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“Mama, I’m gonna be a Martin Luther King. All the other children are afraid to go to Shallotte High School, but I’m gonna go, Mama. I’m gonna go to that school.”
Barbara Hewett remembers these historic words her son Reginald spoke more than 40 years ago when he decided to be one of the first black students in the county to integrate at Shallotte High School.
After graduating from Cedar Grove Elementary School, students went to Union High School, the historically black school. But in 1965, black students were given the option of attending Shallotte High School, a school that had been historically white until that year.
The U.S. Supreme Court ruled segregated schools unconstitutional in 1954 following the Brown v. Board of Education. Public schools were then ordered to proceed to integrate “with all deliberate speed.”
Black students first integrated public schools in North Carolina on Sept. 4, 1957, in Greensboro, Raleigh and Winston-Salem. It wasn’t until 1970 that schools statewide were completely integrated.
Reginald Hewett, Adell Bernard, Levi Grissett, Cerita Johnson, Reecie Rogers, Sandra-Galloway Robinson, Jelta Bryant, Ellis Bryant and Margaret Simmons were among the first black students to integrate in Brunswick County, Hewett said.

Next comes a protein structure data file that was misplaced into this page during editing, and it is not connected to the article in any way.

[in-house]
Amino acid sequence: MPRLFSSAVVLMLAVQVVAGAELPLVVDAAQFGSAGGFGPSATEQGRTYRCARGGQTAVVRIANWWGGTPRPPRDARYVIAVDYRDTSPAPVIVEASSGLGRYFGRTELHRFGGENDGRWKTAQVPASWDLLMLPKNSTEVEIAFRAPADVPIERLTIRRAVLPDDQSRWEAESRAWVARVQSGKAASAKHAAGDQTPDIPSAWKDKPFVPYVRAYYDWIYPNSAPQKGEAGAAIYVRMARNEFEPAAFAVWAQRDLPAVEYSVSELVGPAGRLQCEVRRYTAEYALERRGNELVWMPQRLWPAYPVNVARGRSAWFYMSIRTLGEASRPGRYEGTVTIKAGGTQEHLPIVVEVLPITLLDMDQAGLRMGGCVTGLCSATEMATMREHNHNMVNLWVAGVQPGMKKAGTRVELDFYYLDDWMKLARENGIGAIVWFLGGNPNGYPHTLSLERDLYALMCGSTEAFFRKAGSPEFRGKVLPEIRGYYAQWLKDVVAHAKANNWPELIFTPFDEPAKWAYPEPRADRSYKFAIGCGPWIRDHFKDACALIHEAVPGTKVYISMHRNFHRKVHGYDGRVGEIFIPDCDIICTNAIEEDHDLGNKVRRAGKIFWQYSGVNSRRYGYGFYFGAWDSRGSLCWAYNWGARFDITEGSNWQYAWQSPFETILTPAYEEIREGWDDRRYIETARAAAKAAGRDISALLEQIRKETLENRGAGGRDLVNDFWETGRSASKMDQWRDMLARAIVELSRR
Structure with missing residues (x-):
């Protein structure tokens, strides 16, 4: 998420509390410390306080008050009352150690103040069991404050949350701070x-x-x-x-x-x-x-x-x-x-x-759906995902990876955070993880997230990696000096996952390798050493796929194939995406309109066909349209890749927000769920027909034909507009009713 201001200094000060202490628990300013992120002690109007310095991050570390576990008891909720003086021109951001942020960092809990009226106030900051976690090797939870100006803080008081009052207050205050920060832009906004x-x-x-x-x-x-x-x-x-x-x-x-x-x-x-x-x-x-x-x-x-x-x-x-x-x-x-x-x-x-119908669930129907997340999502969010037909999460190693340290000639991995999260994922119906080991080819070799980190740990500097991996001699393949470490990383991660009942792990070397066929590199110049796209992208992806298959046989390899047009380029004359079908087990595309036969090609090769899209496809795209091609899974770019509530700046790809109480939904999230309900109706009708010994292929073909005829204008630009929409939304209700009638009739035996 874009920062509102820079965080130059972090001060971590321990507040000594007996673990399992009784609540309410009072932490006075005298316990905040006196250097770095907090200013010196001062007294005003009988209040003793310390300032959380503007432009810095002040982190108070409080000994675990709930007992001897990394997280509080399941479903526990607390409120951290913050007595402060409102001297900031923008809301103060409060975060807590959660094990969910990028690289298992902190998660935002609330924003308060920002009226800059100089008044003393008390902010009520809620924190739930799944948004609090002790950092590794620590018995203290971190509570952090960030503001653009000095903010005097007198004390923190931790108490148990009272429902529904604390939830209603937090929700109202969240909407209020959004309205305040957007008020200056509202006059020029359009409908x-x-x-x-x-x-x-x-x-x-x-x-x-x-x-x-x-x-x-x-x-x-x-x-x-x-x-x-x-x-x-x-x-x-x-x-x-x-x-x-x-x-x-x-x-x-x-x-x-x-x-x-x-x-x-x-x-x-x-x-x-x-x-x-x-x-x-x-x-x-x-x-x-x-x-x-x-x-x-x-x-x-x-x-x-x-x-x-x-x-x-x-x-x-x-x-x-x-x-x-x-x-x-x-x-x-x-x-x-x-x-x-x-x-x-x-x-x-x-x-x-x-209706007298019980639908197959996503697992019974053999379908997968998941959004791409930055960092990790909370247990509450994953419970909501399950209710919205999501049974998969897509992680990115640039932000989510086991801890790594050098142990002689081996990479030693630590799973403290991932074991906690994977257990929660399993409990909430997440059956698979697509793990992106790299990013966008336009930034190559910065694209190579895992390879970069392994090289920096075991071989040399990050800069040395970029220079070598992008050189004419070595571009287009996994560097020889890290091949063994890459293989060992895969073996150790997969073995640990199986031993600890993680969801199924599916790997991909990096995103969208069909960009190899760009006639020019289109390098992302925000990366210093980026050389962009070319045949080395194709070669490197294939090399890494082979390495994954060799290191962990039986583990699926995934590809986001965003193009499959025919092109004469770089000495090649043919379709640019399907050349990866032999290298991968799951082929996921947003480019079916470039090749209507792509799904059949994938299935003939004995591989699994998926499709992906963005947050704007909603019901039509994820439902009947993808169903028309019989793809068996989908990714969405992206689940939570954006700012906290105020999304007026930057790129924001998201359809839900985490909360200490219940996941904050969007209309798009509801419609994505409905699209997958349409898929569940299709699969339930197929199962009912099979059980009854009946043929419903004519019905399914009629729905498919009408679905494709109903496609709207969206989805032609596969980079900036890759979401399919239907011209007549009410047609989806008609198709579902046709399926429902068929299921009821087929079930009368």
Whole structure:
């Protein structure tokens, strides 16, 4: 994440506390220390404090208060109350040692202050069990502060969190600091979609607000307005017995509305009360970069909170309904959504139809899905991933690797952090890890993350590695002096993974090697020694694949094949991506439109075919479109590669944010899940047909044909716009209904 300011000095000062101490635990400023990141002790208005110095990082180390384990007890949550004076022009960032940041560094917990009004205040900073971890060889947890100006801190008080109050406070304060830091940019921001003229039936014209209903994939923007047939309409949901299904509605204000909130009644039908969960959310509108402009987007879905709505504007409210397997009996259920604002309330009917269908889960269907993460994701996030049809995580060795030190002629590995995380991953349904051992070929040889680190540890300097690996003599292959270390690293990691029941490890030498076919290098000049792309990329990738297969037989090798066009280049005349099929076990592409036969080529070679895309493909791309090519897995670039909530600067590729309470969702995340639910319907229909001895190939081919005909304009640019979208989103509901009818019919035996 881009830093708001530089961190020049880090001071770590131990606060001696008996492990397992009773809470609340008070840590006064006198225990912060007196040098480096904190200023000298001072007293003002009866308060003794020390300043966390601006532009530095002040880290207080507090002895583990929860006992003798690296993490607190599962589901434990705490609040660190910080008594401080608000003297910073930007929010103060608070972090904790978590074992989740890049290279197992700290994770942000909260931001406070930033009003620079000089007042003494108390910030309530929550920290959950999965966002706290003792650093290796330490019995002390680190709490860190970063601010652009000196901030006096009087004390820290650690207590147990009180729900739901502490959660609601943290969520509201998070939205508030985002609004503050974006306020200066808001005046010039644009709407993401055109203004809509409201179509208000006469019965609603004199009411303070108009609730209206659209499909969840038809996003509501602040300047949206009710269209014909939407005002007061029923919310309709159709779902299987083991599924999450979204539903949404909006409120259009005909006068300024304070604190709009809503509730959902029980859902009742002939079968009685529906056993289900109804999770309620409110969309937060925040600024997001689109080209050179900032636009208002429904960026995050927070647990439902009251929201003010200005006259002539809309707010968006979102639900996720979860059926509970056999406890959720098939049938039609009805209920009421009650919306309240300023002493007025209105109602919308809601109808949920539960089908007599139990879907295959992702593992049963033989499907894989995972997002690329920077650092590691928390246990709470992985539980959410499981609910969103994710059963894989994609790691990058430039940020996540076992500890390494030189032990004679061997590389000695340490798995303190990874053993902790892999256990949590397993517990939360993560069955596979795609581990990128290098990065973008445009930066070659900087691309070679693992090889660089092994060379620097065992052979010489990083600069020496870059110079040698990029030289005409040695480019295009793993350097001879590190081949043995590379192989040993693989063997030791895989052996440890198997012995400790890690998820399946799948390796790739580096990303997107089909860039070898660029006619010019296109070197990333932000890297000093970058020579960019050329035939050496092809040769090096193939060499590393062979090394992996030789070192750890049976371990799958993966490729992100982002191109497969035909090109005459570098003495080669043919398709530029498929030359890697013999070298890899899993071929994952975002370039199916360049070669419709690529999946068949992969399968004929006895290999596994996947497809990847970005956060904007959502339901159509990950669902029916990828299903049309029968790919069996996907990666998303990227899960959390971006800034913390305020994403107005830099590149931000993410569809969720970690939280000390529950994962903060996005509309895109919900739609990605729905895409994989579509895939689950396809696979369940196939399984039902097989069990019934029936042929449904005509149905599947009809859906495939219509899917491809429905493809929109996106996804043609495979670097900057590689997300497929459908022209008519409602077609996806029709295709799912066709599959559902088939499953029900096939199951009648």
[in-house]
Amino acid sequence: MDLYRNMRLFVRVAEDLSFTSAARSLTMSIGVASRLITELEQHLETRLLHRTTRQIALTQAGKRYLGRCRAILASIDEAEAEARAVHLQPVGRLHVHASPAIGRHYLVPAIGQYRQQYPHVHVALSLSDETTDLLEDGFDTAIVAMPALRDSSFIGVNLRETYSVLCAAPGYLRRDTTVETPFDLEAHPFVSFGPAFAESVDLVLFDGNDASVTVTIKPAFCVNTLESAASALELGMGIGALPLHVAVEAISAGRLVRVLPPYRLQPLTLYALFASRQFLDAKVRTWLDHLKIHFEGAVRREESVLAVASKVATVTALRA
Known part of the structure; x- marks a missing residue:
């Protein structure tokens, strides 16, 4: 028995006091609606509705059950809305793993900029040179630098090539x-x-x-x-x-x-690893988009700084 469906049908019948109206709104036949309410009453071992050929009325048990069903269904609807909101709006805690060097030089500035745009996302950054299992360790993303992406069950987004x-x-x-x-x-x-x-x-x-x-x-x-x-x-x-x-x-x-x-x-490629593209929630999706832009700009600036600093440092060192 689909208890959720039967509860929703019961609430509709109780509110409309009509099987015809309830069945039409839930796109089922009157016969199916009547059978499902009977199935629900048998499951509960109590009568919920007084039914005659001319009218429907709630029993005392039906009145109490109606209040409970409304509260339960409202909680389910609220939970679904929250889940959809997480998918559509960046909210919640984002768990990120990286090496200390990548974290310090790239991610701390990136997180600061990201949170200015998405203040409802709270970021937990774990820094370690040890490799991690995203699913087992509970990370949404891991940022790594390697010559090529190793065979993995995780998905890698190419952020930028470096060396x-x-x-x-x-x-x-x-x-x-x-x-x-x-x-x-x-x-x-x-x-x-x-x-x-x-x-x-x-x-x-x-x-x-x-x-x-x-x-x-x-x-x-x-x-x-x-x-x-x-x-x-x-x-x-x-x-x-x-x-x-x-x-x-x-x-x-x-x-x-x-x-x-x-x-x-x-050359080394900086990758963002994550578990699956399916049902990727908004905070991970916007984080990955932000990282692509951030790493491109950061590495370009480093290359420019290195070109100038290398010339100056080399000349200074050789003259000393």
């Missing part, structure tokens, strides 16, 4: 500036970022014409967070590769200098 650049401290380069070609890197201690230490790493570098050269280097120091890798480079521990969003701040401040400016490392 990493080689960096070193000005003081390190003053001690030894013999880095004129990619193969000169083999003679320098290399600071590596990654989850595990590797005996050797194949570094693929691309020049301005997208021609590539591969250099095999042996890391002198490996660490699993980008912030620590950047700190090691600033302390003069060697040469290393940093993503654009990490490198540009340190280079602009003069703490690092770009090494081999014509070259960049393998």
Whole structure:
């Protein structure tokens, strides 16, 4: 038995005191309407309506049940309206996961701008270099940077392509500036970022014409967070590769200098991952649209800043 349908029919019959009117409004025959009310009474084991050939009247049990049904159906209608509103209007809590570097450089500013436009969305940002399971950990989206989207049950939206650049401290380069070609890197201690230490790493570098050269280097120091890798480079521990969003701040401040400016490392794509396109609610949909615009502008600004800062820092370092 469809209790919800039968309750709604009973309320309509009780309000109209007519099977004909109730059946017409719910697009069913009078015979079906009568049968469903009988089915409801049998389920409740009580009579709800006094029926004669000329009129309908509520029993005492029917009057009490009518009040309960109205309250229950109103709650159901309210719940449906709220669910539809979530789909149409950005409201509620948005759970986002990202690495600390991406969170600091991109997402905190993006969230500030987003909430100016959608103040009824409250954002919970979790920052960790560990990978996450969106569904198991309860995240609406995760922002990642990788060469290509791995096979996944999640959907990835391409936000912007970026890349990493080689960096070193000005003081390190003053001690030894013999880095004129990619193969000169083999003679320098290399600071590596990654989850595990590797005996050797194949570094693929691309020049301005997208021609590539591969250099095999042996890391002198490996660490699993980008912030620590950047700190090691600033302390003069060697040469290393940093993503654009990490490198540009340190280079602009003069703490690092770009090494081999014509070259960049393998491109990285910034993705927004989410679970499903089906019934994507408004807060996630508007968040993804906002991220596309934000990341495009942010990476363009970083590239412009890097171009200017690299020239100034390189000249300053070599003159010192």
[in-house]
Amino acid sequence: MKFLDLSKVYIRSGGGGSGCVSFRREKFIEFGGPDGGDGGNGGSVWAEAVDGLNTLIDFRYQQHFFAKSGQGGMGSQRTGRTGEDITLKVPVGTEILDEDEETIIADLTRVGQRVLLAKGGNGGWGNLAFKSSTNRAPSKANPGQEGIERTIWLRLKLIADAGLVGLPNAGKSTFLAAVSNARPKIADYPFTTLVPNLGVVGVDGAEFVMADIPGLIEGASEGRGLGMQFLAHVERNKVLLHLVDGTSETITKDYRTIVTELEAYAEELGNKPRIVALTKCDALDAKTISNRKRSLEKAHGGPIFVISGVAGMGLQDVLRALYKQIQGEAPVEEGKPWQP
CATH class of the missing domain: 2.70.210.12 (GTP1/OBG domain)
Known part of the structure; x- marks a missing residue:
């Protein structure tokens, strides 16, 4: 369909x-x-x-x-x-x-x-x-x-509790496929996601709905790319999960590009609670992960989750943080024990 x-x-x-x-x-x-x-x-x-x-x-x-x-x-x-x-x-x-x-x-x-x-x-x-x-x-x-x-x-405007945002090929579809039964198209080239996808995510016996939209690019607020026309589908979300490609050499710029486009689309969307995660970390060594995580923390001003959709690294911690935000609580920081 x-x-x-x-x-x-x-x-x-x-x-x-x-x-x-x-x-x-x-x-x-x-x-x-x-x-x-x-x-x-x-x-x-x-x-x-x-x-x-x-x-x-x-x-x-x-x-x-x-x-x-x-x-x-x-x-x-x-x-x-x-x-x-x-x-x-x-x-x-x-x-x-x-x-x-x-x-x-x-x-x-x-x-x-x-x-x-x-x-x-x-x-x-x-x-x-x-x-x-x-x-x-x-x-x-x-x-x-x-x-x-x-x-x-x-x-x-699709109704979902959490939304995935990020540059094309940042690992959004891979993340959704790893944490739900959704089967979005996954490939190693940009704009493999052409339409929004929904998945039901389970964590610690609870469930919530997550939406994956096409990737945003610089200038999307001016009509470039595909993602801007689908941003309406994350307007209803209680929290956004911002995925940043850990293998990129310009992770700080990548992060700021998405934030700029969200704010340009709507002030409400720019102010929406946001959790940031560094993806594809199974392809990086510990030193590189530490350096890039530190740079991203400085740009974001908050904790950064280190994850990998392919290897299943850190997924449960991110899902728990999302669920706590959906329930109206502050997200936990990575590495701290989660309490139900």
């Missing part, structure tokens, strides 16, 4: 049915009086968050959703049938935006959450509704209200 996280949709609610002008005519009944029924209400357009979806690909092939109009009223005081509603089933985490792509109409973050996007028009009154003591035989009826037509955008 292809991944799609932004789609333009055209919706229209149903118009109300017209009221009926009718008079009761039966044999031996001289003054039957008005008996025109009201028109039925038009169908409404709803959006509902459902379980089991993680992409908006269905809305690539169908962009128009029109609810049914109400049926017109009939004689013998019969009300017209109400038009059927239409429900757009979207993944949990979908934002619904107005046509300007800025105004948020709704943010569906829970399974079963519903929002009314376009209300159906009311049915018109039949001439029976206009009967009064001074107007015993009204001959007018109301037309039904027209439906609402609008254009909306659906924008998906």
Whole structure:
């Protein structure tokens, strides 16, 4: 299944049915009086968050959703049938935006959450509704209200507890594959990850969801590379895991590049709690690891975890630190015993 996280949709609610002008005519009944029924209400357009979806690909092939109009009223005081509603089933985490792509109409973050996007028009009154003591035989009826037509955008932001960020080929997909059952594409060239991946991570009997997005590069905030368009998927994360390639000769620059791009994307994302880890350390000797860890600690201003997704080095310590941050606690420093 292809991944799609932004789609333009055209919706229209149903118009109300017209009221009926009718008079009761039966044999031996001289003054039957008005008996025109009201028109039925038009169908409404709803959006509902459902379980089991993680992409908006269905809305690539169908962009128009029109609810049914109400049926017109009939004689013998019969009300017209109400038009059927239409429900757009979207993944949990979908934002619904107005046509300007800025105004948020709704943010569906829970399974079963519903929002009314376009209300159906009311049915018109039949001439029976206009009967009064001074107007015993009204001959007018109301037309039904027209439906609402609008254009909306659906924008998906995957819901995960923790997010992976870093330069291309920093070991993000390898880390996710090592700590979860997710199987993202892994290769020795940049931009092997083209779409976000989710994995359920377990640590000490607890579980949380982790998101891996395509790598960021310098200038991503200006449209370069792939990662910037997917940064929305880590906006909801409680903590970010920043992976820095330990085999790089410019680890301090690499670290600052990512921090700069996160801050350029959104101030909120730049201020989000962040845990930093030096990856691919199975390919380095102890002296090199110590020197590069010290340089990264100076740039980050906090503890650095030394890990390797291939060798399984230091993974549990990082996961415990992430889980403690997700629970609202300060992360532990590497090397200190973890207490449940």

Reginald did not encounter hardly any racism, but Hewett recalls one incident where he was picked on simply because he was black.
“One day he was out playing football, and one of the little boys said something ugly to him. He said, ‘I’m gonna make you swim that puddle.’ But another white boy stuck up for him and said, ‘If you make him swim that puddle, I’m gonna swim that puddle, too.’ And no one really bothered him after that,” Hewett said.
Integration was easier for Reginald, as Hewett brought up her children to be accepting of people of all colors.
“We never held hate, that was one thing,” she said. “We were taught that the people who are existing now haven’t had anything to do with slavery. If those people who were slave masters were here now, there might be a problem.”
Hewett experienced integration for herself as she began teaching at Bolivia High School in 1970 and was the first black teacher at the school.
“There was another teacher, and she saw that I didn’t get killed, so she thought it was safe to come,” Hewett recalled with a chuckle.
Although her son never experienced physical violence, Hewett saw it happen once inside school walls.
“I didn’t know about any fighting until I became a teacher, but those children would fight, black against white,” she said. “The principal would have to roll up his sleeves and fight right along with the other children.”
Hewett was even the victim of racism behind the closed doors of the teachers’ lounge, but it was only the brush-off, never negative words. Despite trying times, Hewett said she kept a positive attitude and knew acceptance would come with time.
“It didn’t get me down,” she said. “I brought love to the table, and it wasn’t long before love had done its perfect work.”